DeFI’s most significant legal victory to-date validates the DAO rope-a-dope strategy

DeFI’s most significant legal victory to-date is sadly buried in an obscure federal court docket - How DAO defenselessness (w/ the right friends) is a huge asset.

This quick blip of a matter may be the best living example of the theory that a DAO can sue (in an FDIC situation for example) but cannot practically be sued, because it can broadly sidestep proceedings and timelines and then achieve unconstrained defense by proxy.

In this case, there was a US patent holder claiming inventiveness over L2+ price data integrations, and the owner attempted to assert the patent against the DAO. In anticipation, DAO’s Foundation and their largest holders coordinated with The Crypto Council and US amici to challenge the patent holder - a proxy defense capitalizing on the DAO’s helpless victim quality theatrically enhanced with an outstanding default certificate. A default-certificate-rope-a-dope strategy.

After only a few days, the DAO’s amici legal team built a tidy argument based on claims of irregularities at the US Patent Office. Summarizing the argument pushed into the docket:

  • Plaintiff, an outsider, gets granted essential tech in the earliest days of DeFI (presented as improbable and raises questions of actual ownership and possible mischief)

  • Team claims evidence that the patent examiner knew the patent was invalid (through examination of the written record) and the patent should have gone through a year+ of review regardless (which it did not)

  • But the patent examiner granted the confirmed invalid patent anyway in record time without any public rejections or public review

  • Q.E.D., DAO’s team concludes that the process was compromised and the patent is invalid for any purpose

A legal matter which could have dragged on for months+ was concluded in days by appealing to the court that the DAO was, only days prior, defenseless…all while arranging post default attacks. The ultimate Judo move and an amici masterclass.


Forum Administrators: This Post “DeFi’s most significant legal victory…” is spreading a false and dangerous narrative - PLEASE DELETE OR REMOVE IF POSSIBLE.

This post appears to be inspired by U.S. law firm Sullivan and Cromwell’s (S&C) representation of MakerDAO and the Crypto Council in a patent matter with my firm. In a federal court filing, S&C writes that a US patent examiner granted the subject patent even though she knew the application to be invalid and the subject matter to be un-patentable. Similar to this post, a number of forum and social media contributors are running with this conspiracy in an unhelpful way.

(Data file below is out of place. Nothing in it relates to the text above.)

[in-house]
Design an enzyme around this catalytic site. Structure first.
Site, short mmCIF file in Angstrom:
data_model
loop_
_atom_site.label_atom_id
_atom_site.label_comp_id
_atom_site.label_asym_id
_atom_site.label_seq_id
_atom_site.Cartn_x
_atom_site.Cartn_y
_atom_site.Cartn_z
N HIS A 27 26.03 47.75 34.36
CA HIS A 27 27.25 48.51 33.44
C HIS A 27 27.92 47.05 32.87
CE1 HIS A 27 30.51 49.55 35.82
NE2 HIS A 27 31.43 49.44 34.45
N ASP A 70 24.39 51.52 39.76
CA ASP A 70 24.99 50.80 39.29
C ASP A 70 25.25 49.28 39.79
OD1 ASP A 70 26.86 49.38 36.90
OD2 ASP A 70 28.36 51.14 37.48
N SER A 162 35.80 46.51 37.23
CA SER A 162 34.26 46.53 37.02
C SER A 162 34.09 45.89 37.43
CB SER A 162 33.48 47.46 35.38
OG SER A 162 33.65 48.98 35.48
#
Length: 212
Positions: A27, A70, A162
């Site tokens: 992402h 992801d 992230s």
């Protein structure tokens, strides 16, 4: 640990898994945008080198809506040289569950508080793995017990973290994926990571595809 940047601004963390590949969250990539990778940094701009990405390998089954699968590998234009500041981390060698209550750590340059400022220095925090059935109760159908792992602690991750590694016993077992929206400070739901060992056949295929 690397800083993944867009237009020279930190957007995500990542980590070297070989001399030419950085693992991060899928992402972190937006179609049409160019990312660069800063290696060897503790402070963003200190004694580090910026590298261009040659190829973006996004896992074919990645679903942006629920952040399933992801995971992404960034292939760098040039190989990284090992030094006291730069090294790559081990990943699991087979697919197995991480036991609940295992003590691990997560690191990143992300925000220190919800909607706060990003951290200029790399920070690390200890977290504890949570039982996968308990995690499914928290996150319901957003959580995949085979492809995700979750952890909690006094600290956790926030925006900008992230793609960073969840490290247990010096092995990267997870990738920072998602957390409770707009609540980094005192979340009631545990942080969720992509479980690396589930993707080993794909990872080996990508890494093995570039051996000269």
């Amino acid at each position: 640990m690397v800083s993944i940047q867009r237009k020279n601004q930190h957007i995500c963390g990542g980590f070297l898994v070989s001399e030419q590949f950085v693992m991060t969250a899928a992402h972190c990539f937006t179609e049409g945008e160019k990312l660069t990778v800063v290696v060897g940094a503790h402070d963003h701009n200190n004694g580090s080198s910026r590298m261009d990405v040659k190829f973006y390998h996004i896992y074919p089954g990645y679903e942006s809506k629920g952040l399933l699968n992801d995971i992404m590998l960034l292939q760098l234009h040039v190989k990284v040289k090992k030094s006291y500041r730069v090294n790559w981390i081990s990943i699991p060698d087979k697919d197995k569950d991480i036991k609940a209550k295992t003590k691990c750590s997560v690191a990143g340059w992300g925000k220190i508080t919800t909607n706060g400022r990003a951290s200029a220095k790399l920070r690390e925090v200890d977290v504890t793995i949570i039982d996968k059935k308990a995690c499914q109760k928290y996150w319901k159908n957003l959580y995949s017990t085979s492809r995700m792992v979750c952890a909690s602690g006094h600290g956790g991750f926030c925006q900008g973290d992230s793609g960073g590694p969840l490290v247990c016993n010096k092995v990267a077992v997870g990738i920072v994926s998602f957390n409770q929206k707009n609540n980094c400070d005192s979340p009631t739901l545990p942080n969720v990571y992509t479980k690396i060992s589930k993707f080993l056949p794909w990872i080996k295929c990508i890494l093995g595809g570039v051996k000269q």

Very oddly, S&C either misunderstands or has misrepresented the phrase “…appear[s] to be statutory at this time” as indicative of incompetence or malfeasance, when in fact the phrase is used when an examiner has determined that an application’s claims (at this time in the USPTO’s process) require no further amendment or review - so the opposite of what S&C claims.

Thank you.

I will not delete. Better to have it here with your additional information so readers do have some educational feedback about it.

Thank you.

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IMHO the reporting of a victory here is premature, but if true, it opens up entirely novel DeFi and DAO defenses. I’d give it 50/50, but S&C lawyers operate with unique local knowledge and influence which may be the basis for LexPanda’s conclusion?

In CFTC, the amicus participation was traditional and conventional, addressing wider decentralized organizations constructs, autonomous operation, user homogeneity, apps-vs-protocols, and a number of other high-level questions.

Here, it looks like Sullivan & Cromwell is making the simpler bet that the DAO can act as its own derivative amicus curiae (!?), cleverly going directly to specific case theories and laying out particular attacks. While I wish they’d used this case to advance the “regulate the apps and not the protocols” mission, a victory here means (direct) derivative defenses and (direct) regulatory pushback are possible for DAOs and DEXs. The patent office conspiracy claims do look a little tin-foil-hat, but it does help paint the complaint as BS, and its bigger strategy is super simple. Certainly, if S&C’s derivative-amicus works, there’s much less need to navigate the limitations in Wyoming and Tennessee arrangements.